“War Horse” is gentle in the opening act, setting up the relationship between Joey and Albert with soft punches of conflict, resembling an inspirational Disney film from the 1960s, shot with endless John Ford skies. It’s a disarming introduction to the story, sold with tremendous earnestness from the gifted ensemble (which also includes David Thewlis, Benedict Cumberbatch, and Toby Kebble) and John Williams’s uncharacteristically intrusive score, which is always dragging around to thickly underline an emotional beat or impending doom. While far from peaceful, “War Horse” commences with an inviting kid-lit tempo -- one can almost feel the pages turning as Joey and Albert grow together as a team, developing a bond that will come to be tested in a monumental fashion. Although never suffocatingly saccharine, Spielberg feels around for triumphant moments, luring the viewer in with tempting but minor tests of character and endurance, playing conflicts tenderly, almost indifferently.

The picture grows darker as war break out, playing into Spielberg’s recent interests in period authenticity and realistic violence. “War Horse” might seem like a peaceful family film, but it carries a considerable amount of battlefield casualties. The slaughter is tastefully composed but retains its intended horror, successfully yanking the audience from remote farmhouse trials to the evils of honorable men, with Joey finding himself in dire circumstances that require the persistence of his sharp animal instinct. At 140 minutes, the movie devotes most of its run time to the combat experience, greeting a slew of new characters interested in possessing Joey for sincere reasons of therapy and protection. The script takes its time with these encounters, reducing pace to appreciate the fringe players. “War Horse” moves in slow motion during its second and third acts, laboring over languid behaviors that add nothing to the film. Spielberg becomes too caught up in the lives of others, dragging the feature to a halt on a few occasions, losing the central electricity of the Joey/Albert relationship. Granted, it’s the horse’s story, and his pit stops around Europe are intended to create a feeling of survival. Instead, the glacial attitude of the direction flattens the mood of separation. “War Horse” looses touch with the essential elements of drama to chase an enormous scope that’s drained of urgency.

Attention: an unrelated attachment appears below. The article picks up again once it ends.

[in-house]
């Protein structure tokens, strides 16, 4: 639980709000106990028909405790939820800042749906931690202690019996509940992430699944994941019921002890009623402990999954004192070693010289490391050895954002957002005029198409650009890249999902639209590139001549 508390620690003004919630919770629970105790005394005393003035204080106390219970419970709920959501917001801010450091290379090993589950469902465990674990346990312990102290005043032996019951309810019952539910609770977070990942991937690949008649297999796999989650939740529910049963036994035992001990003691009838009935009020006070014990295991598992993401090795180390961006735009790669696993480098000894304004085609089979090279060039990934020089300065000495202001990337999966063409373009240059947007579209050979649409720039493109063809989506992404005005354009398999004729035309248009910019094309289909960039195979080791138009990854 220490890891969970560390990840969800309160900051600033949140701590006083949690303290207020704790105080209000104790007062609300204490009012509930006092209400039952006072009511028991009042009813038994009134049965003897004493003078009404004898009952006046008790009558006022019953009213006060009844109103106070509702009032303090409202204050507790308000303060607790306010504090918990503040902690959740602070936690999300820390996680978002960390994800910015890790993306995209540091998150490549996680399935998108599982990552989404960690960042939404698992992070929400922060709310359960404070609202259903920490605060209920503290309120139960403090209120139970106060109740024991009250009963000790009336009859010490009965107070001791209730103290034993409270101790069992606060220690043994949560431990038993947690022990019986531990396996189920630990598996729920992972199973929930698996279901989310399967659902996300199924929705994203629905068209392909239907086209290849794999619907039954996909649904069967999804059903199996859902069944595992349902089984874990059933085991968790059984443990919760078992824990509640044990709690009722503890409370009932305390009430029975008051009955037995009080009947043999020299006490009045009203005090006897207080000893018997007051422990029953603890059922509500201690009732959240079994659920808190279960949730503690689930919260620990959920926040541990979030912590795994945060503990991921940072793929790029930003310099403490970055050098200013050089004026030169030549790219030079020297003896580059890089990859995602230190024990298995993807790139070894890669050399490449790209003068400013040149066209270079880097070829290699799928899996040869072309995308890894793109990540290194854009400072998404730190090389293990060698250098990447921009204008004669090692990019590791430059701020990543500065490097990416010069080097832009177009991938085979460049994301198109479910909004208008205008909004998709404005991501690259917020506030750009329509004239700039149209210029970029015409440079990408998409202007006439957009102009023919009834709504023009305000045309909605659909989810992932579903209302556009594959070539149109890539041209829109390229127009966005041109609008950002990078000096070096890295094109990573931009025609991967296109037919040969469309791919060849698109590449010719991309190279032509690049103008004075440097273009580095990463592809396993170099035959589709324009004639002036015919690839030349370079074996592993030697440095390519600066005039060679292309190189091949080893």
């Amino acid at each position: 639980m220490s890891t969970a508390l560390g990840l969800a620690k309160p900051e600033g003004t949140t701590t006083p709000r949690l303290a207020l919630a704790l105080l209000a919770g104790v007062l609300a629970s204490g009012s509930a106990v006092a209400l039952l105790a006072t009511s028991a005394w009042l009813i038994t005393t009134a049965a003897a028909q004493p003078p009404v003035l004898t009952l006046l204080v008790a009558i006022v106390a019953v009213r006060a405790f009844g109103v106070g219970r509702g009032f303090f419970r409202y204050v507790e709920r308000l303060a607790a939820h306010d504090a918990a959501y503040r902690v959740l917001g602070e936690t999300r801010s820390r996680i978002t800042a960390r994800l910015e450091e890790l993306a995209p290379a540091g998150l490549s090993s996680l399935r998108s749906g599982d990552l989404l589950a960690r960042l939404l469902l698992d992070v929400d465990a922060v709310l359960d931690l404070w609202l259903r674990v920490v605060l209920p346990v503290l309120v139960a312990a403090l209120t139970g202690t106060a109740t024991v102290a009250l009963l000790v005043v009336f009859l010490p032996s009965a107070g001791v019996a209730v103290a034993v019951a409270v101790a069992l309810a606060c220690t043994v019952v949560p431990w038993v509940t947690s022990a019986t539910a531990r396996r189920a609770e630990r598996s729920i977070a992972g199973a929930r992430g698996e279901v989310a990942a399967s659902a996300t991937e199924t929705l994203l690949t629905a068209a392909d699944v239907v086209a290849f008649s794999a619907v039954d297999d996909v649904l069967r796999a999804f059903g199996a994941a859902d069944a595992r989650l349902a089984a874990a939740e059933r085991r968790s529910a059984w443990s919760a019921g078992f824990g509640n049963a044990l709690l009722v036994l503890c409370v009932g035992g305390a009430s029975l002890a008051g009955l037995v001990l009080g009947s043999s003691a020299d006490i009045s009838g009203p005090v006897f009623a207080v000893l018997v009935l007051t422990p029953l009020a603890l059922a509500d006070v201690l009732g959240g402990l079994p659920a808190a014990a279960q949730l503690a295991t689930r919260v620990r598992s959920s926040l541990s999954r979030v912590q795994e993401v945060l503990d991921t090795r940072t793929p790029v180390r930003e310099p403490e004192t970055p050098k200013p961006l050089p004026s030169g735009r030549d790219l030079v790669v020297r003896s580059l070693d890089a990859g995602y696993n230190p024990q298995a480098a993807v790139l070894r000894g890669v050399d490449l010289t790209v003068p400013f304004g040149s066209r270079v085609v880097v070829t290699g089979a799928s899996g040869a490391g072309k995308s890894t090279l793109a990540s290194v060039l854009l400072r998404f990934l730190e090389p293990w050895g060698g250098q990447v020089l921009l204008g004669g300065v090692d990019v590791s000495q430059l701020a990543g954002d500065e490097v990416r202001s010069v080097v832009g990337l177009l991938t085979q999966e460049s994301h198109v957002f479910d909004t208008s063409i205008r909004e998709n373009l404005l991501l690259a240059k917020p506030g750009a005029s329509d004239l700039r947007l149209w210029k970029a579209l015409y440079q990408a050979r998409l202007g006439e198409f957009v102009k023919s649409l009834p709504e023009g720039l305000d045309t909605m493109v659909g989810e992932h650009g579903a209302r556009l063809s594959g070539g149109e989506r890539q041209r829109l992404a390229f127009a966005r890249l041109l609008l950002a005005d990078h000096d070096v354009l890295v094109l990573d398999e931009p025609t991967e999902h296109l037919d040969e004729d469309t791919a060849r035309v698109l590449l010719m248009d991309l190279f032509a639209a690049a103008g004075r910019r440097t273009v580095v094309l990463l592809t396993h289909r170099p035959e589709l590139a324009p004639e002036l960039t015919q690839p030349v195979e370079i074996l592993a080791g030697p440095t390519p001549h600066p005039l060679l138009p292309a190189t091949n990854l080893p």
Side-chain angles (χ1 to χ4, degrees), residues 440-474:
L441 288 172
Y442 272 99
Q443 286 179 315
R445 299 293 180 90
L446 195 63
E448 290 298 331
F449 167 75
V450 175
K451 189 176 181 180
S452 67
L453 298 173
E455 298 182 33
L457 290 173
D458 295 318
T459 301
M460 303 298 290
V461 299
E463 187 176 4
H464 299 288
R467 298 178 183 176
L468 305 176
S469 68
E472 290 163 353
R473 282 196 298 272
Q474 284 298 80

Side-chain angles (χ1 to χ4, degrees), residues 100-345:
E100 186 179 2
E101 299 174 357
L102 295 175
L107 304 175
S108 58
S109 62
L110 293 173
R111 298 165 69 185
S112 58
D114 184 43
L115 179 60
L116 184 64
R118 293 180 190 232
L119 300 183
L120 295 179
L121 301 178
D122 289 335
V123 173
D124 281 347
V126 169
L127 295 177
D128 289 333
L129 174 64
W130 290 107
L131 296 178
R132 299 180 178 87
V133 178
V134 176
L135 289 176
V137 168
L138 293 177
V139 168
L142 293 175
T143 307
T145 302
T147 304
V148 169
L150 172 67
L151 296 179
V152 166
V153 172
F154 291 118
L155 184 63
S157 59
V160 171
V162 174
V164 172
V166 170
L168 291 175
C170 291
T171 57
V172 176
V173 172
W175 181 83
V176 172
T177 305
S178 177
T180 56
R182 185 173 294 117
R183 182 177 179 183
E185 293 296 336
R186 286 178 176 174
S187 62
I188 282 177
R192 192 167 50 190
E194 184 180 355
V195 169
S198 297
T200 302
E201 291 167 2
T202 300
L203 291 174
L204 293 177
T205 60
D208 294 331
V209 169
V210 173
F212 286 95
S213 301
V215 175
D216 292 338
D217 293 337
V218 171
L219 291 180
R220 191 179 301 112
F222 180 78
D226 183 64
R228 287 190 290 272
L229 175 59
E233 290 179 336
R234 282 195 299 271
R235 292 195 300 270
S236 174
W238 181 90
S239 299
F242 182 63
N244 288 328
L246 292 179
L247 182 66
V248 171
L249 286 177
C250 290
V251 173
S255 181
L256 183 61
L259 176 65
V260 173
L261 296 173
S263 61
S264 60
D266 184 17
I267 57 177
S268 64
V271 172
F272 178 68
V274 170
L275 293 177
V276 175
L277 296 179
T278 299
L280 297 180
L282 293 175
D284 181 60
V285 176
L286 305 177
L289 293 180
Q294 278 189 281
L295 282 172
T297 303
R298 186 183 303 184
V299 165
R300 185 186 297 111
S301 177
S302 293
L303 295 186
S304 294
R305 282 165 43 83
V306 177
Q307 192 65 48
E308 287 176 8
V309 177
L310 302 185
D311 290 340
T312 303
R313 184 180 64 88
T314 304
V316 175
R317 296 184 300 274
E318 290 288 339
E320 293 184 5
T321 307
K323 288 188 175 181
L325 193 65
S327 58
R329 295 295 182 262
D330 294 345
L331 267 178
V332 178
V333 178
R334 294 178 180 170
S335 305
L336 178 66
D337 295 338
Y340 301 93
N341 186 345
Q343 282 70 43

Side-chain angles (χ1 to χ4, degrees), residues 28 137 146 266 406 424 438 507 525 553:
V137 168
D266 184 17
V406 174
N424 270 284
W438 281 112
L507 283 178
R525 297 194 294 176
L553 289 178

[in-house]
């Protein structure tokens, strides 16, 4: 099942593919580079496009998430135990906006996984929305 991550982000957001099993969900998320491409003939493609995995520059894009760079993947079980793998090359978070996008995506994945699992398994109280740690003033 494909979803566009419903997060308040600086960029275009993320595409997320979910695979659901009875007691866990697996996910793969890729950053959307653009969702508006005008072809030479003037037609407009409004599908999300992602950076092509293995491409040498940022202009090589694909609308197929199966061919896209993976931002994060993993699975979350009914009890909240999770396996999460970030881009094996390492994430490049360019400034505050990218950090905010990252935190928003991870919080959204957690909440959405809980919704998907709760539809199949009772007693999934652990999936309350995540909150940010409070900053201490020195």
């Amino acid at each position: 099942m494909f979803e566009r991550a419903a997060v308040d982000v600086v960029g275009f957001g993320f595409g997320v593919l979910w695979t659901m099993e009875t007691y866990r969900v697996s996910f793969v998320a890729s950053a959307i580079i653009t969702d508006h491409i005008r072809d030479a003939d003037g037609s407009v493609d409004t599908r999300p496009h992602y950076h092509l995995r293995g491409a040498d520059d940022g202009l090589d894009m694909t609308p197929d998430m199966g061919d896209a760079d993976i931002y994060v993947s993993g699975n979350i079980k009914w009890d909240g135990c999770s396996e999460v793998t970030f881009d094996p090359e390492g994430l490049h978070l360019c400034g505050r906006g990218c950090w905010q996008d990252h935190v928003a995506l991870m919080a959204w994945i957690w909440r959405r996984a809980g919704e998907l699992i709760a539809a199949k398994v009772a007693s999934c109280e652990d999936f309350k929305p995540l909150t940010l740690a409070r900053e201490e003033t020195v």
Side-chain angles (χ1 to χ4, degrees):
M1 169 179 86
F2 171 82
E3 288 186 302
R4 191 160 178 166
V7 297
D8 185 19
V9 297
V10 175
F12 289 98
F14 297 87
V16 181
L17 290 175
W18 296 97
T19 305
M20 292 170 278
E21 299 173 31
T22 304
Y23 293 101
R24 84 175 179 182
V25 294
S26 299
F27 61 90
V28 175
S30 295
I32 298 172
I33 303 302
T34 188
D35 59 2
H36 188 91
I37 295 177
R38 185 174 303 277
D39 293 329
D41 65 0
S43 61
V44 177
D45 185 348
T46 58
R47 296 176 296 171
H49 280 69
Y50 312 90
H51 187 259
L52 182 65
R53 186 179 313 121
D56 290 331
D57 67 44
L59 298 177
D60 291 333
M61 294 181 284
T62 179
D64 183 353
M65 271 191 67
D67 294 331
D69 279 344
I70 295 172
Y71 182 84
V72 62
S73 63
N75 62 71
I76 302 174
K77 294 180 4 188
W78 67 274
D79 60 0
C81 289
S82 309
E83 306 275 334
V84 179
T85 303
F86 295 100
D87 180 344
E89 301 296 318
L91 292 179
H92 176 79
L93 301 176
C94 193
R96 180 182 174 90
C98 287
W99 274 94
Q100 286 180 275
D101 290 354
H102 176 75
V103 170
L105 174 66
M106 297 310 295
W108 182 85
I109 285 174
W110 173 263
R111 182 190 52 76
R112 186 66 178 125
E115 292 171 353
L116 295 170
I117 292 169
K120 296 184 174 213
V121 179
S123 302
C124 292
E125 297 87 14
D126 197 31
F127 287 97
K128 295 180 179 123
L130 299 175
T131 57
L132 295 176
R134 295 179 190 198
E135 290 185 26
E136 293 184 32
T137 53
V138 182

“War Horse” is beautifully mounted, highlighting a rustic production design and expressive locations, bringing out the beauty and mud-caked misfortune of the journey. Like most of Spielberg’s efforts, it carries a pristine filmmaking craftsmanship that’s always compelling, and the war footage is truly harrowing, treating the slaughter of innocents with the austerity it deserves. Nevertheless, the movie is bookended with heartfelt encounters that fail to achieve their intended sensitivity, with the core spirit of companionship blocked by the obesity of the story and Spielberg’s rustiness with such pronounced acts of affection.

Starring: Jeremy Irvine, Emily Watson, David Thewlis, Tom Hiddleston, Niels Arestrup, Benedict Cumberbatch
Director: Steven Spielberg

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War Horse, Forum Discussions

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WAR HORSE Review Thread (Spoilers) 107 Jan 31, 2012